“My father is suppose to believe I was a kitten,” murmured the child. “ And who is your father?” asked the Sultan. “I do not know, but the gardener cares for me like I was his own.” The Sultan replied, “Let’s go visit the gardener.”

The Sultan pounded on the door of the gardener’s house. A fine, young boy answered the door. Upon seeing the angered Sultan he asked, “Sire, what has my little sister done?” The Sultan bristled, “May I come in?”

The gardener’s house was charming but small. The young boy fetched the old gardener, who came to greet the Sultan.

“I had no idea you had so many children,” the Sultan stated. “Why did you never mention them in all of our talks?”

“I didn’t know how to tell you.” Said the gardener. “I know plants. I know how to make things grow. “

“Surely, it’s a wonderful thing to say, ‘I have fine children, dear Sultan’.”

The gardener sat on a cushion and looked deeply into the Sultan’s eyes. “Sire, I would like to tell you a story…”

“My story begins when your beloved wife became with child. You hired me to create a wondrous garden. You wanted splendid places to play and hide for your child. My old wife and I had not been lucky with children. But soon after we came here, we heard crying outside; in a basket with fine blankets was a beautiful newborn boy. We gave him the best the Sultans land could offer.”

“And some time later, two more children arrived, a boy and a girl. We of course, knew something had happened. And we could not assume anything, sire. Word came down, the Sultana was in disgrace and we were not sure you were of, the right mind. My wife and I brought up these children as our own.”

The king looked at these children in their simple clothes and saw his beloved Sultana in each of them. “But how did this happen, really? “ mused the Sultan.

“I do not know, only that they appeared.” answered the gardener. The Sultan thought to himself. He took each child in his arms and apologized for his blindness.

The Sultan had allowed his wife’s sisters to stay in the palace and live a life of luxury. They had become spoiled and greedy. One night the Sultan had a trusted servant give the sisters the sweetest wine and a few key questions. In the dying candlelight, the sisters spilled the story of the Sultana’s labors were to three children. The sisters talked and laughed, belittling the Sultan’s wife. In the morning the sisters found their rooms changed to the lowest chambers of servants.

The Sultan spoke to them and asked them why they did such a thing. They just spat at him. Ungrateful for the life they lead and wept for themselves.

The Sultan came to the gardener’s house and wanted his children to love him, not because he was their father, but because they wanted to. Everyday he came to visit them and brought tutors and started to have a new house made for the Royal Gardener. Eventually the children came to live in the palace. But each day they spent in the garden with their adopted parents.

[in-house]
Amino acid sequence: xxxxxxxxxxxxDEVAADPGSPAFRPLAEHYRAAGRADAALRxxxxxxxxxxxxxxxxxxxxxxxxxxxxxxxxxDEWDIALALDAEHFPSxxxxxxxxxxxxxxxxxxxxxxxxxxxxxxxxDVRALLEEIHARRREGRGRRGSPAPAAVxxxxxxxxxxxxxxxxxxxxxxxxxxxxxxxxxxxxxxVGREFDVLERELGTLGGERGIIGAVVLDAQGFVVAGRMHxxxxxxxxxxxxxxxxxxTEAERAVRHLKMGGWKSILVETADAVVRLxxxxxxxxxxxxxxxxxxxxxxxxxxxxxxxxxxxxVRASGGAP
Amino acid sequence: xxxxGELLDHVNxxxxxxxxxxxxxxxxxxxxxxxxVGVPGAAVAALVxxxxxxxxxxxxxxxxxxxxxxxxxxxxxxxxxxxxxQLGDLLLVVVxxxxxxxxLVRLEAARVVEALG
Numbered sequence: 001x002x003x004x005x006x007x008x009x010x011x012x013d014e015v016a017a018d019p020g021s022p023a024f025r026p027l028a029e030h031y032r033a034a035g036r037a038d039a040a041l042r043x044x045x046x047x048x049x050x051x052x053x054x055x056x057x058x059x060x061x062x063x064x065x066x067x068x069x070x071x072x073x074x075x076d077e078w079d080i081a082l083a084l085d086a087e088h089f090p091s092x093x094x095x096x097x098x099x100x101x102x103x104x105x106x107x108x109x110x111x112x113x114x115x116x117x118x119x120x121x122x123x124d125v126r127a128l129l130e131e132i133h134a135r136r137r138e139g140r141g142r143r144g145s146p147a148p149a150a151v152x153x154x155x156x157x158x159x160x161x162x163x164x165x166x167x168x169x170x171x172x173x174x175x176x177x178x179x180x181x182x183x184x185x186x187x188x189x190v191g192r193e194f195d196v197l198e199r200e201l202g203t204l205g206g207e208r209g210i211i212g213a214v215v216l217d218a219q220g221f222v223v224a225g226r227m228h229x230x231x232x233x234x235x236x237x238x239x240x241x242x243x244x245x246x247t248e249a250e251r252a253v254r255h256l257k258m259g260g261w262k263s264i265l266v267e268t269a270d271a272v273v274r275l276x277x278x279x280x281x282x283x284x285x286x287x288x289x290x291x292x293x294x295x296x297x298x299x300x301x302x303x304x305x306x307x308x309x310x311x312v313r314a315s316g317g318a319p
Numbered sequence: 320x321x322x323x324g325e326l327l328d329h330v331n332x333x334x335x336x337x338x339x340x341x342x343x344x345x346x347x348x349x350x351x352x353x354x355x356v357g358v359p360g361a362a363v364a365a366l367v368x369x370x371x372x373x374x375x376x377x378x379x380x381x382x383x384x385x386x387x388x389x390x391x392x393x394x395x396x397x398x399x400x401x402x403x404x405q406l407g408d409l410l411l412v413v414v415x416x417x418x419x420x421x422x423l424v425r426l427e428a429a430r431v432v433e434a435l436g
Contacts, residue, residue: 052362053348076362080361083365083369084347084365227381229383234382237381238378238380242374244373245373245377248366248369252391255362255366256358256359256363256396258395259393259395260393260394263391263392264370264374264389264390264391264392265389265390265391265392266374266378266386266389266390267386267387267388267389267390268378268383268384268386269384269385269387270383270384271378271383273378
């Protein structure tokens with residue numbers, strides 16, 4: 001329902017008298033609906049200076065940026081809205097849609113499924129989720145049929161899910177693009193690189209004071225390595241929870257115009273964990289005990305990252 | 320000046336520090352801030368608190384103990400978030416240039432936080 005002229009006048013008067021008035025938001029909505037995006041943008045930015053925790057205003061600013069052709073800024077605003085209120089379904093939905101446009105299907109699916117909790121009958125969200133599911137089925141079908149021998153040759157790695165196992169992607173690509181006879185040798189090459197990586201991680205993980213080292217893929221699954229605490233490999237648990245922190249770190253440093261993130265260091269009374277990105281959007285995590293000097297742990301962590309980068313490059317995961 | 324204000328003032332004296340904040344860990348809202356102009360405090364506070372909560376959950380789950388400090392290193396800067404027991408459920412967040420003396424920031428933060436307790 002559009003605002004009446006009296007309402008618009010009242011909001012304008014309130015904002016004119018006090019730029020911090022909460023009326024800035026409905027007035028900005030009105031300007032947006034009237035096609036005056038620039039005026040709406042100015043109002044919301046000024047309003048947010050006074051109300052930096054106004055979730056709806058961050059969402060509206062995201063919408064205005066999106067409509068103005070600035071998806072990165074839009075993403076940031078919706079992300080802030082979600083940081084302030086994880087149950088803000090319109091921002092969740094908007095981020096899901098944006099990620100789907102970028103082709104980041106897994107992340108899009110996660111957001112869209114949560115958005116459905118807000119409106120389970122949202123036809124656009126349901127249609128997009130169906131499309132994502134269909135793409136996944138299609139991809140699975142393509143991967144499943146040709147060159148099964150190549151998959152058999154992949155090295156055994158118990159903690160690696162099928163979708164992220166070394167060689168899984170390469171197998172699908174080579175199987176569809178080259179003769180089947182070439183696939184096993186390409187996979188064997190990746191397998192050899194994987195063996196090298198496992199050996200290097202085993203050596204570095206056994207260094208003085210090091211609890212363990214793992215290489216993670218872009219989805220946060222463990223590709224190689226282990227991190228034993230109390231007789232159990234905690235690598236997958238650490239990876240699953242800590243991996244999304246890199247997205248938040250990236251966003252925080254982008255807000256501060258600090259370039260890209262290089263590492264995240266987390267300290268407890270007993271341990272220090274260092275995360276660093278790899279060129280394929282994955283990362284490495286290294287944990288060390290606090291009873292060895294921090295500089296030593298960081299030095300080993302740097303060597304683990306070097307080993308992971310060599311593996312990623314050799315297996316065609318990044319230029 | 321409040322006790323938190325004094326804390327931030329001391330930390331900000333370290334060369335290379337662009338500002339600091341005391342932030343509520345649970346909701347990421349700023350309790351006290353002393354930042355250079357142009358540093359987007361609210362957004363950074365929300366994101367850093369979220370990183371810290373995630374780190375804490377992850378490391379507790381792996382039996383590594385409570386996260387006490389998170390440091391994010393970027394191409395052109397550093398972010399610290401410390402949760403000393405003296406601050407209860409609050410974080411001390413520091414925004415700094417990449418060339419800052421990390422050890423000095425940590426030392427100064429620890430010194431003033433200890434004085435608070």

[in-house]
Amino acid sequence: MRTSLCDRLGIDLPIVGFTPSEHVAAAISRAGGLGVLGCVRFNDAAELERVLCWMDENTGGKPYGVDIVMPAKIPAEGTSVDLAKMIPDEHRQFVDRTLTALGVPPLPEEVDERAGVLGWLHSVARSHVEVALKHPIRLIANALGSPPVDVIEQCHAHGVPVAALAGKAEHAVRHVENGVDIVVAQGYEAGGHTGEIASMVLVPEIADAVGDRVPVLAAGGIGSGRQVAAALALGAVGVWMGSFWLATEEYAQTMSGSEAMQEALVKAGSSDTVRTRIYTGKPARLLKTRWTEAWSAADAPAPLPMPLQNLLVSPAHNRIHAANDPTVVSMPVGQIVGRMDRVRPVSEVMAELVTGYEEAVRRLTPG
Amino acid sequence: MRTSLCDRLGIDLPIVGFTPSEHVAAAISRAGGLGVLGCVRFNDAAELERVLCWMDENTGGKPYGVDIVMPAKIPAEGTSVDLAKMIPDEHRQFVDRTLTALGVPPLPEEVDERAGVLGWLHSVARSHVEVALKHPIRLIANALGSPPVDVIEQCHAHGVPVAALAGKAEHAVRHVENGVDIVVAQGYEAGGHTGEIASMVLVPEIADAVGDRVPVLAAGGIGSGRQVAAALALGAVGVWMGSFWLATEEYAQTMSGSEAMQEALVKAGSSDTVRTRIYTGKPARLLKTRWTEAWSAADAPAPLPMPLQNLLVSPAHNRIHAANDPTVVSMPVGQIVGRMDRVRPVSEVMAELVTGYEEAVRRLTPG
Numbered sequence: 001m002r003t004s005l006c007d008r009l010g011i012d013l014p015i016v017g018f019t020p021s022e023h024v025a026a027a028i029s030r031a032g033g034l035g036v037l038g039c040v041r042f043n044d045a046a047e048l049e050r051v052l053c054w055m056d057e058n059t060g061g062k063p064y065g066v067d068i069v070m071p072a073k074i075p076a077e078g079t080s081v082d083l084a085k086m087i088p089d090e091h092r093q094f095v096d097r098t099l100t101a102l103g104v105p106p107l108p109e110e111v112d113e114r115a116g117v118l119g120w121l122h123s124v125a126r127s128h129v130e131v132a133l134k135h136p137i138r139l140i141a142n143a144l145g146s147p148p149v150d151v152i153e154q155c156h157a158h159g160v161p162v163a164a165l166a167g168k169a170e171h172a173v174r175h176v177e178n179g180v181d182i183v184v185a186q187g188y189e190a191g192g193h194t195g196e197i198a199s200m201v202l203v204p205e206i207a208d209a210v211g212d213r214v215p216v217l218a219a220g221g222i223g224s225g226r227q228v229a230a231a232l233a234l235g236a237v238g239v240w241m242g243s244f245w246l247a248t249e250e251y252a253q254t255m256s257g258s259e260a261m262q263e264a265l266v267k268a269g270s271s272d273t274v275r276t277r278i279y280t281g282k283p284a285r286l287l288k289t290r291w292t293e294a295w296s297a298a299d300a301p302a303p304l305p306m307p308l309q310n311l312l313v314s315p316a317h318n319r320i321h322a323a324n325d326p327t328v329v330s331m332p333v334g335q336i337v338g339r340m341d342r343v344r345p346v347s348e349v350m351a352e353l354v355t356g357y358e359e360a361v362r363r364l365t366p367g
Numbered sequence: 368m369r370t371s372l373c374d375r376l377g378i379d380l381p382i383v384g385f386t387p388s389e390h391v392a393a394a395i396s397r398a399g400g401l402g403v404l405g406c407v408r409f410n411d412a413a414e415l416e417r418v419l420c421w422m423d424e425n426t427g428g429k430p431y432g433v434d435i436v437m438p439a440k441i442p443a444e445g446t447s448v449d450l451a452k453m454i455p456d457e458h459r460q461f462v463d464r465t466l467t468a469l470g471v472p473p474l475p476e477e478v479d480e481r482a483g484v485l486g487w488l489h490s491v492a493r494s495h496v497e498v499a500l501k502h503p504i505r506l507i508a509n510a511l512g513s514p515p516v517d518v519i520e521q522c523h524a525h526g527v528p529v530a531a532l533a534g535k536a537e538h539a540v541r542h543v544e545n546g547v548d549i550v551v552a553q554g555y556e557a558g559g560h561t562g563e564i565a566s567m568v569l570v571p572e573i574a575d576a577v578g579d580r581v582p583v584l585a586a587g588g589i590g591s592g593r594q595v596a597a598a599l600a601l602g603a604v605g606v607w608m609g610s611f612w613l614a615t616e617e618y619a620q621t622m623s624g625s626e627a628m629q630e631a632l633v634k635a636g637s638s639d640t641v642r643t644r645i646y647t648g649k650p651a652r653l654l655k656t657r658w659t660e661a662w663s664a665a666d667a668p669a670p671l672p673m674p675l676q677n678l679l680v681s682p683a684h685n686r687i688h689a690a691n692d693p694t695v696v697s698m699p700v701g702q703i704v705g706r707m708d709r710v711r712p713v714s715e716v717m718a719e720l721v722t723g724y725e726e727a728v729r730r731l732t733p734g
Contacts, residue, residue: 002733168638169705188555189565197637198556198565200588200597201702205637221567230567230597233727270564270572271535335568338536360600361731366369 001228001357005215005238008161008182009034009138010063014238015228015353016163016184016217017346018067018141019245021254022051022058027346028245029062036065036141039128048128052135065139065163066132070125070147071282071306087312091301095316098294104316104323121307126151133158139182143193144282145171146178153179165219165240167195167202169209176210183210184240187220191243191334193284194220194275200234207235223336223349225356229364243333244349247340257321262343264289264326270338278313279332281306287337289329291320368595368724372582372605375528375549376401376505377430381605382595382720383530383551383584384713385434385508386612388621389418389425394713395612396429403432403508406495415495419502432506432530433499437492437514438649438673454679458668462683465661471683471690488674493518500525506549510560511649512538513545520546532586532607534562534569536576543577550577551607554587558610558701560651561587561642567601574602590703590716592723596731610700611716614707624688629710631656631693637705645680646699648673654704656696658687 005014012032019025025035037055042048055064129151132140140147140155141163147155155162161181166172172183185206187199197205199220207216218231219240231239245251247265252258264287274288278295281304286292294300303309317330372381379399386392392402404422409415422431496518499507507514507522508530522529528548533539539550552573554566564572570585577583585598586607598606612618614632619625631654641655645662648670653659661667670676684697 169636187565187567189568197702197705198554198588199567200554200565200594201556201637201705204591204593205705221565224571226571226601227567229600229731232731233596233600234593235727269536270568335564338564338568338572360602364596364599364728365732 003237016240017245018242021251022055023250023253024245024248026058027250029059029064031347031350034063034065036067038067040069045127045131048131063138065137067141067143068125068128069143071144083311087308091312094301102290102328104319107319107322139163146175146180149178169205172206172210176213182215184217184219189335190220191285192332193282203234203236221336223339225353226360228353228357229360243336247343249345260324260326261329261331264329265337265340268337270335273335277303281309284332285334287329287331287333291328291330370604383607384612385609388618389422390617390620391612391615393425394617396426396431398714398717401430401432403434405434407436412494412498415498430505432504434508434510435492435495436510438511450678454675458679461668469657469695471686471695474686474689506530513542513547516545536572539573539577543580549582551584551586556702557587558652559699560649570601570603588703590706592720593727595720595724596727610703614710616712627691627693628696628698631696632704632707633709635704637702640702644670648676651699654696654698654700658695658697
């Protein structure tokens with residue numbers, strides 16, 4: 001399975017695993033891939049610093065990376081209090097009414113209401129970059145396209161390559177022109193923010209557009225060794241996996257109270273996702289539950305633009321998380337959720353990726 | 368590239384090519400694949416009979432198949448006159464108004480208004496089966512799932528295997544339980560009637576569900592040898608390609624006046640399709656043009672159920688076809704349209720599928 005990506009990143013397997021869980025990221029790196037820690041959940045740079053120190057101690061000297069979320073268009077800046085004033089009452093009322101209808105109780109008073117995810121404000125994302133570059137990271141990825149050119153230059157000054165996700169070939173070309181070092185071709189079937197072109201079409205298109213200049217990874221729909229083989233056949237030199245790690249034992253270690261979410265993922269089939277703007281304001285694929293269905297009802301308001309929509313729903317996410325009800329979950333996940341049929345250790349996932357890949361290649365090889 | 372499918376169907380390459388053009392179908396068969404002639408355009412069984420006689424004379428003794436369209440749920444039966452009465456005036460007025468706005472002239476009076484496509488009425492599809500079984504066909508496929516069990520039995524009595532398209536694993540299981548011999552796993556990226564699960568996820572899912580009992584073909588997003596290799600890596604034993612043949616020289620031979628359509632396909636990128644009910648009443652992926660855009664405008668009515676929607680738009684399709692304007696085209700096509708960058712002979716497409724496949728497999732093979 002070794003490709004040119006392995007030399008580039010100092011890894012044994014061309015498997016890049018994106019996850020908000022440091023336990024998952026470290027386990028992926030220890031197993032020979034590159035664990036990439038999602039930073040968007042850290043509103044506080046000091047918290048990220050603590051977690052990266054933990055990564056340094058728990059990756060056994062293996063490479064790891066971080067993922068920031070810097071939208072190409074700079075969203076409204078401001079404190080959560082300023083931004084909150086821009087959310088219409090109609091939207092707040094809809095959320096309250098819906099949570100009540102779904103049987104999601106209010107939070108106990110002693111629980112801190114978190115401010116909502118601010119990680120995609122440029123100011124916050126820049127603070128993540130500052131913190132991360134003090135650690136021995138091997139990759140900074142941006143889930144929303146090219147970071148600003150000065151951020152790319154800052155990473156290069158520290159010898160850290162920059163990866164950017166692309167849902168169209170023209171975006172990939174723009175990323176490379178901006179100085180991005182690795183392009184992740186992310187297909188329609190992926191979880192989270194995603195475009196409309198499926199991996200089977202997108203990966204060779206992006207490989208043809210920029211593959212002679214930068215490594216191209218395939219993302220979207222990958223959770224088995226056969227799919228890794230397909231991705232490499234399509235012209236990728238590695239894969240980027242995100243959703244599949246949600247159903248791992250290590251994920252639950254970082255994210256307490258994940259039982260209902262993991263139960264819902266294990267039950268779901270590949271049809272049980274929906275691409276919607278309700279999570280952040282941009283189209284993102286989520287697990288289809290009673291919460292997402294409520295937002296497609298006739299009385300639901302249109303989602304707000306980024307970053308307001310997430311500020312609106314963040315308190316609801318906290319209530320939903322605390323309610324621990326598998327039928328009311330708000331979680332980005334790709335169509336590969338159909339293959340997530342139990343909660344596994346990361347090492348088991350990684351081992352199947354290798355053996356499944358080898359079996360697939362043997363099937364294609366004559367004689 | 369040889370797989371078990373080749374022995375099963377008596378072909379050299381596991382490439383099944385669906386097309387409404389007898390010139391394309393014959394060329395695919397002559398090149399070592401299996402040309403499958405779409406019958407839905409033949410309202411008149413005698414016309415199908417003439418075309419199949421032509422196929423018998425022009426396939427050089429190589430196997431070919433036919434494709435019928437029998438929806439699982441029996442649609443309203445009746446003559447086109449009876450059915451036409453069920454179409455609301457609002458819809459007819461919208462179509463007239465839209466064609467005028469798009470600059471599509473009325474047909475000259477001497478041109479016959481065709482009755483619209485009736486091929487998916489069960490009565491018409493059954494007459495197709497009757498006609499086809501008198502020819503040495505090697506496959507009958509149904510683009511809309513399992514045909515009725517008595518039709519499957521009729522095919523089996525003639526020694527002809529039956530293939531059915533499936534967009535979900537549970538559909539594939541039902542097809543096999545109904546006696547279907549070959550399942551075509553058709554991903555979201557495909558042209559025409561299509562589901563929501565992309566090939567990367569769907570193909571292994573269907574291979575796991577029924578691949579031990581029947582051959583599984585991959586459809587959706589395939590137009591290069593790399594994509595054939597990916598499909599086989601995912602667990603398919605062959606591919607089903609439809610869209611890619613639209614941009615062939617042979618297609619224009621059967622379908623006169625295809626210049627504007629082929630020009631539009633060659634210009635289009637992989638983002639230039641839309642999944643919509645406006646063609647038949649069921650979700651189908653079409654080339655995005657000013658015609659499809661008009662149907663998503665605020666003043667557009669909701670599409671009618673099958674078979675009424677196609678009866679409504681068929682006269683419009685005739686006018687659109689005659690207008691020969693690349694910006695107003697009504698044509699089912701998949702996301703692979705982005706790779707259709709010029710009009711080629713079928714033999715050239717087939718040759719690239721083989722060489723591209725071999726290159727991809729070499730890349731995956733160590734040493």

The unorthodox family unit created a strong bond of friendship and generosity. The Sultan told his children of their mother’s beauty and sweetness. He also told them what a joy they are to him and he could not imagine life without them.

Three Wise Men

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Monday, December 05, 2005

Chai with camels


Meeting up with the caravan, the gentle laughter of women embraces me. Tents of rest luxuriate in the open air with cups of Chai on little trays. Exuberant smiles and excitement of the pending journey make us all giddy. Silhouettes of exotic people pass over the tent as we wait for our attendants. The ladies settle into comfortable, portable chairs laden with pillows and watch the crowd. Small children run about bartering goods. The clinks of coins are exchanged.

Each of us walks about the camels to choose one to ride. The camels wear colorful tassels and bells. Protection from the evil eye, I think. I choose a young camel with long lashes. She calmly licks her heifer. I watched amazed at her white fluffy baby camel.

The hilarious drama of getting on the camels, keeps us giggling for some time. And we don’t quiet down until the road gets squeezed into a narrow passage. I vaguely think about bandits.

My thoughts drift inwardly. I have read it’s important to have a plan when starting a journey. To ask yourself why you travel. I usually do, but not this time.

The day I left my mother’s home to seek the world, the December sky melted into the hazy band of blue ocean. I was leaving for good, never to be part of San Diego in quite the same way. The familiar winding drive caught me and shook me unexpectedly as tears coursed down my face like a child. I thought I so brave to go, to find my own way. And here I was a churning mess under the surface. That journey cut to my heartstrings and resonated in my bones.